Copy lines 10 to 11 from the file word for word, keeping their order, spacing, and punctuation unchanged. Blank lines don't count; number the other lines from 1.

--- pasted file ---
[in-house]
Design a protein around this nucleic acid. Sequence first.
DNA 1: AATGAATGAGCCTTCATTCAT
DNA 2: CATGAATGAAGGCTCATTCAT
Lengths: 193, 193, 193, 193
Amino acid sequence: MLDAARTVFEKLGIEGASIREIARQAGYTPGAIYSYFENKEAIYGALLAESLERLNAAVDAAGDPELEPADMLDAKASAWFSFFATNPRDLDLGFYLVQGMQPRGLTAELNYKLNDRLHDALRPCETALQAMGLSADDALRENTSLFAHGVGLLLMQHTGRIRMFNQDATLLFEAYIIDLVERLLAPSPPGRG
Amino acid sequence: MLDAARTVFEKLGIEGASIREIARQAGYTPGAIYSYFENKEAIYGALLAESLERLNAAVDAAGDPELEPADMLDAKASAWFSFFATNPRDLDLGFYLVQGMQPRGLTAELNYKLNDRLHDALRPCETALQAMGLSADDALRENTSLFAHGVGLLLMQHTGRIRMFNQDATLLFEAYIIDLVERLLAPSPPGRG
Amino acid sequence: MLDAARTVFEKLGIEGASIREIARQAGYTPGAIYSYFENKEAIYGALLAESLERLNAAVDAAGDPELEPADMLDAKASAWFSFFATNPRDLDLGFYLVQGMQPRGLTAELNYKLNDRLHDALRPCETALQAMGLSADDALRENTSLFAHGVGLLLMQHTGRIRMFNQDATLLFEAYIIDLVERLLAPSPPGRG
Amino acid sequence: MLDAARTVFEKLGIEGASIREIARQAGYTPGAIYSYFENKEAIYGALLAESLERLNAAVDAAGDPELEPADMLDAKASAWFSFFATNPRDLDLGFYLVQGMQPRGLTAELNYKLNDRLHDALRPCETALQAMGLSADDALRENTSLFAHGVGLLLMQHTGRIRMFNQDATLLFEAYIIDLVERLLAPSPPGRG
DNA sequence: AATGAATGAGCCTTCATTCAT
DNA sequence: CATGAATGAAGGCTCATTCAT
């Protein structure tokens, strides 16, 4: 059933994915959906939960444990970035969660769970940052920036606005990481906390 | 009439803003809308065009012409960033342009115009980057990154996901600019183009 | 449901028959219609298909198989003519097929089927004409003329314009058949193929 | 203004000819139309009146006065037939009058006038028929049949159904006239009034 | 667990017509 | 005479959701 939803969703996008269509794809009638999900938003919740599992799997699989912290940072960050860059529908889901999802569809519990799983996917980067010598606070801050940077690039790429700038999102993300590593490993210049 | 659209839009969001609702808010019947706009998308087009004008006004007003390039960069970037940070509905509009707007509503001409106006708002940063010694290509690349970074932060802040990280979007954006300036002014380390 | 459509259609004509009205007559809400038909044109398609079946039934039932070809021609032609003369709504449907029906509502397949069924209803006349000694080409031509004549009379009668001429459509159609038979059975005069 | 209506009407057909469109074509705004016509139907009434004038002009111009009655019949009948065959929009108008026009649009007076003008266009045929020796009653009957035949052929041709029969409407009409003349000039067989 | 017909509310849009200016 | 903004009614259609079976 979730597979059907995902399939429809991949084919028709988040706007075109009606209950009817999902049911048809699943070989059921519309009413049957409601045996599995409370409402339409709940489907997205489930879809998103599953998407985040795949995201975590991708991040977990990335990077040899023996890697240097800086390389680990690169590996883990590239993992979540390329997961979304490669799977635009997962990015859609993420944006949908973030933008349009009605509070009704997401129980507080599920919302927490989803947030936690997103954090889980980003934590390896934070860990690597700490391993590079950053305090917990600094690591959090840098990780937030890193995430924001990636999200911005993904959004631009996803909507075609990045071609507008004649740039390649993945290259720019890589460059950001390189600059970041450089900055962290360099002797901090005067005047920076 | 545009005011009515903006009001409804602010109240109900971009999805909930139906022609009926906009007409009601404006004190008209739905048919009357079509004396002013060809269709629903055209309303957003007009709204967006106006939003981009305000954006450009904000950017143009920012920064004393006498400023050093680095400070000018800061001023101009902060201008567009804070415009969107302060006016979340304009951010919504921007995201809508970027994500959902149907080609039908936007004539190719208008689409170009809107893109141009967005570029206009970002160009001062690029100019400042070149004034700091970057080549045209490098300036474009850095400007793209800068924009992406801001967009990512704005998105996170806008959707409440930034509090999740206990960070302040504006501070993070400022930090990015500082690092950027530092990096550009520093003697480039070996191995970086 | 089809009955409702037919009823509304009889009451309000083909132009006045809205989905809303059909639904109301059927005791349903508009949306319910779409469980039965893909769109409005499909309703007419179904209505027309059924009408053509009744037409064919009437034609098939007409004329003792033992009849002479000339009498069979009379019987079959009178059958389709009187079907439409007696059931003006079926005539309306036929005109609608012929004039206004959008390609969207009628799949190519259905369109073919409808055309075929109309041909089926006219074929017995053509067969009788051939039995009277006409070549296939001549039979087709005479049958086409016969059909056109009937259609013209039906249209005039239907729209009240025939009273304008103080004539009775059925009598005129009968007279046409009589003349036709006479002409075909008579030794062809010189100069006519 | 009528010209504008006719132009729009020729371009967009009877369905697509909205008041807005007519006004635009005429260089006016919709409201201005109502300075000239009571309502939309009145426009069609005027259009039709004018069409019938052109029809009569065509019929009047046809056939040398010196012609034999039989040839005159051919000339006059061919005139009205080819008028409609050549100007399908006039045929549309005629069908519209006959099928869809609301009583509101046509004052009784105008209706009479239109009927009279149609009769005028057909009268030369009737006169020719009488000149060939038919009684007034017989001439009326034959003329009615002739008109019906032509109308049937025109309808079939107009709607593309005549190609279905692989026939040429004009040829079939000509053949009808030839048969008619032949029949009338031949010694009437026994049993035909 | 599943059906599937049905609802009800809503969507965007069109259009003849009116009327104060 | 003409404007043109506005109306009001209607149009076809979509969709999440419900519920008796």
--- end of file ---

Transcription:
DNA sequence: AATGAATGAGCCTTCATTCAT
DNA sequence: CATGAATGAAGGCTCATTCAT